All Sorts of Weird Stuff offers news and information about George R.R. Martin, in particular about his A Song of Ice and Fire series.
"When I was young, I read all sorts of stuff. One week it would be Lovecraft, the next Vance. It was all imaginative literature, or as my dad called it 'Weird Stuff.' It was all 'Weird Stuff.'"
George R.R. Martin
New to the series? Read our spoiler-free review of A Game of Thrones.
Over the course of three years, the novel A Game of Thrones was adapted to the graphic form by writer Daniel Abraham and artist Tommy Patterson. 24 issues in total, it hews very closely to the novel that started off the A Song of Ice and Fire series, not least because Abraham had weekly lunches with Martin during the process during which they discussed adaptation issues. In fact, in an interview, the writer revealed that he had learned of a connection between an early line of dialogue and the end of the series:
“There was one scene I had to rework because there’s a particular line of dialog—and you wouldn’t know it to look at—that’s important in the last scene of ‘A Dream of Spring.’”
Suffice it to say, many have tried to figure out what the line might be. And for those who haven’t had the chance to read the comic? It turns out that Comixology has you covered because of their massive bundle of an assortment of comics which includes the first four issues of A Game of Thrones, as well as issues of Robert Jordan’s The Wheel of Time and the Pathfinder comic based on the roleplaying game setting. The 18 comic bundle is just $2.99 in the US, (2.69 euros in Europe!), and as it happens it’s very likely that the dialog Abraham was speaking of is in one of those first A Game of Thrones issues.
For those who have the comics, or get the bundle, feel free to comment below as to which line(s) in the comic are connected to the finale of the A Song of Ice and Fire series!
George R.R. Martin’s “Not a Blog” features the announcement of the the anticipated 2017 A Song of Ice and Fire Calendar.
As noted by GRRM’s assistant Raya Golden, French SF/F artist Didier Graffet (for those keeping track, that’s the third French artist whose work will grace the calendar series, joining Marc Simonetti and Magali Villeneuve) will be handling art duties this time around. Graffet’s work has been featured in several past editions of Spectrum, and has been a nominee for the World Fantasy Award while also winning the Ravenheart award at the 2013 David Gemell Legend awards.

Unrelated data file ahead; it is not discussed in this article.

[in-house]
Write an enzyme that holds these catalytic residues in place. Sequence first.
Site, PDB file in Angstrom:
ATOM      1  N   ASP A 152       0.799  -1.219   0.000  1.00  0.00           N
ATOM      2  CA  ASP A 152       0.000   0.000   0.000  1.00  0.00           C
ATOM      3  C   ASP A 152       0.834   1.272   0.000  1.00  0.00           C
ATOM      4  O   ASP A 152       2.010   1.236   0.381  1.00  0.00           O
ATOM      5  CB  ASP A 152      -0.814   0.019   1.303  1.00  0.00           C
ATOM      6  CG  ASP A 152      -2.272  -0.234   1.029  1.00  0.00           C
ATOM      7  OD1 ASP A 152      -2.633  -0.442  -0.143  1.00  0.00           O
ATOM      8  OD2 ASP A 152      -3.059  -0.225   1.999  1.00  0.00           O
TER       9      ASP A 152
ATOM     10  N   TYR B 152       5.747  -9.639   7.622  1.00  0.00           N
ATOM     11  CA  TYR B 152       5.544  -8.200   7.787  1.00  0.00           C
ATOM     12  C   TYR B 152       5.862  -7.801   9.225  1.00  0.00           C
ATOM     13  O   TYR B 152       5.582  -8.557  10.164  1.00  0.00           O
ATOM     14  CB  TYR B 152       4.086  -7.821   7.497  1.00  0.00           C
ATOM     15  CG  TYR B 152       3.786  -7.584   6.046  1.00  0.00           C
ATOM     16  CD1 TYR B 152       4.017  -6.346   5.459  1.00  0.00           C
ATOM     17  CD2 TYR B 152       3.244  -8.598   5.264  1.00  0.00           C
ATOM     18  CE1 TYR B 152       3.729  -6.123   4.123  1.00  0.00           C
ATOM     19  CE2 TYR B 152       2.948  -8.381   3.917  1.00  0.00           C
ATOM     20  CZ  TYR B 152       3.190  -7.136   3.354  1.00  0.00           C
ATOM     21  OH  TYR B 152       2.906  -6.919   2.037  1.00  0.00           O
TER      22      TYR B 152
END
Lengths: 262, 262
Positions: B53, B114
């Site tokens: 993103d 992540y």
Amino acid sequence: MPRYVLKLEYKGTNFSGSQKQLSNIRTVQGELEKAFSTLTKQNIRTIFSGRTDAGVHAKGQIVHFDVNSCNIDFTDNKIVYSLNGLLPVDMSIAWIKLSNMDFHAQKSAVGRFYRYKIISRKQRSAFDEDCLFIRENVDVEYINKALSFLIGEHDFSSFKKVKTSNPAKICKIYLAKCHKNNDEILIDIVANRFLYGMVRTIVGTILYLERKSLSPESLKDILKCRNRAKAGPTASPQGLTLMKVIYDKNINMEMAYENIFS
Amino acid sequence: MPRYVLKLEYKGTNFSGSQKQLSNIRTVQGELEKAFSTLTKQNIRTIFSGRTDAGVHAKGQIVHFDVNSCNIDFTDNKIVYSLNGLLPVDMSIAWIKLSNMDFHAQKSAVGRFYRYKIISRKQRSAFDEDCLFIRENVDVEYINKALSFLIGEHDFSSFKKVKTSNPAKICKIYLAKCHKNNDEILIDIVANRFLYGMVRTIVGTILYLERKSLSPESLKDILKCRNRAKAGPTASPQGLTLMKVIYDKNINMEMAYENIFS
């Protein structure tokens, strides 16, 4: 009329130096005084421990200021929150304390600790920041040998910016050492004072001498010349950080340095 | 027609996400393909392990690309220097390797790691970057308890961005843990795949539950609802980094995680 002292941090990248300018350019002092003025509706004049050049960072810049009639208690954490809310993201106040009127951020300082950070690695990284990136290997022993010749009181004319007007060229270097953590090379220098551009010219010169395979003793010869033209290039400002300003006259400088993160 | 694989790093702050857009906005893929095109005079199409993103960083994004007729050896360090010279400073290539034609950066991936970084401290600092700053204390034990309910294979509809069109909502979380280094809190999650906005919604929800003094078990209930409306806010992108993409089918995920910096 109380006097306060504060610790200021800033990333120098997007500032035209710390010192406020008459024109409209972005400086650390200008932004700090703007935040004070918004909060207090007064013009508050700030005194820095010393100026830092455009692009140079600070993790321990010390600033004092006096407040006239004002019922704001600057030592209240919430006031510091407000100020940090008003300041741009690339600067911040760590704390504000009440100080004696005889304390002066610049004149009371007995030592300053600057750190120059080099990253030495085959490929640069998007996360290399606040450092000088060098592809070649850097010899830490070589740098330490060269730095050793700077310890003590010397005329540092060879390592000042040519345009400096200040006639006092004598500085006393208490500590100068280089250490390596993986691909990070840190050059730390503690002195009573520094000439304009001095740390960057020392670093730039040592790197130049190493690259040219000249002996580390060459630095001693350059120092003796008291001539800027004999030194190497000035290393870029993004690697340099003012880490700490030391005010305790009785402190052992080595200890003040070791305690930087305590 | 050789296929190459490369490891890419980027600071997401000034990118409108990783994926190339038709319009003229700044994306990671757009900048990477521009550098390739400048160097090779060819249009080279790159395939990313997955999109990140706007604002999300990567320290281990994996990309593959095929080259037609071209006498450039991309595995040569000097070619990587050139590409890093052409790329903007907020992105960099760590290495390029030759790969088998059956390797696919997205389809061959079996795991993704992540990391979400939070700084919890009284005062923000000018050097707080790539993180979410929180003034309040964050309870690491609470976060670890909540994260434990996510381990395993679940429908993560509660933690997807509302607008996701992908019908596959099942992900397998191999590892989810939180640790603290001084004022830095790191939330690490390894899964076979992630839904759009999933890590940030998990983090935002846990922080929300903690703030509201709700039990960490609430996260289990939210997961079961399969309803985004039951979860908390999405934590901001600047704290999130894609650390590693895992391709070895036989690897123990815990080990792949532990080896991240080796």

We’ve known about Graffet’s involvement since last year, but never had a chance to see any of the works in progress so this first look at the cover is quite impressive! Raya’s post also features another, unrelated piece of art to give a taste of what’s to come. Graffet’s website features an extensive gallery of his work, for those who want to see more.
At last, the Android version of the A World of Ice and Fire app, published by Random House as the official reference app for the “A Song of Ice and Fire” series, is finally available in all international Google Play stores! Linda and I have worked with Random House, filling it with much of its content (besides our entries, there’s also a good deal of art!). And on top of all that, the app contains a number of the chapters from The Winds of Winter which George R.R. Martin has previously revealed to the public.
The Android version of the app is named “Game of Thrones Guide” for search engine reasons, but it’s the same app as the iOs A World of Ice and Fire, simply on a different platform. Downloading it is free, and includes the TWoW samples, but additional content covering all the books in the series are an in-app purchase. Do give it a look!
UPDATE: Despite our understanding that it is rolling out globally, and not just in the U.S. and a few other areas, it seems it’s not actually out everywhere just yet. At least one report from India of it being unavailable there. We’re checking with Random House about the timeline to see it rolled out everywhere, but we will say we were reminded of this fact because it was now available in Sweden where it hadn’t been before.
The 2016 A Song of Ice and Fire Calendar (Pre-order) is due out by the end of the month, but previews have been making their way onto the internet in conjunction with this past San Diego Comic Con where a limited number of the calendar was released early.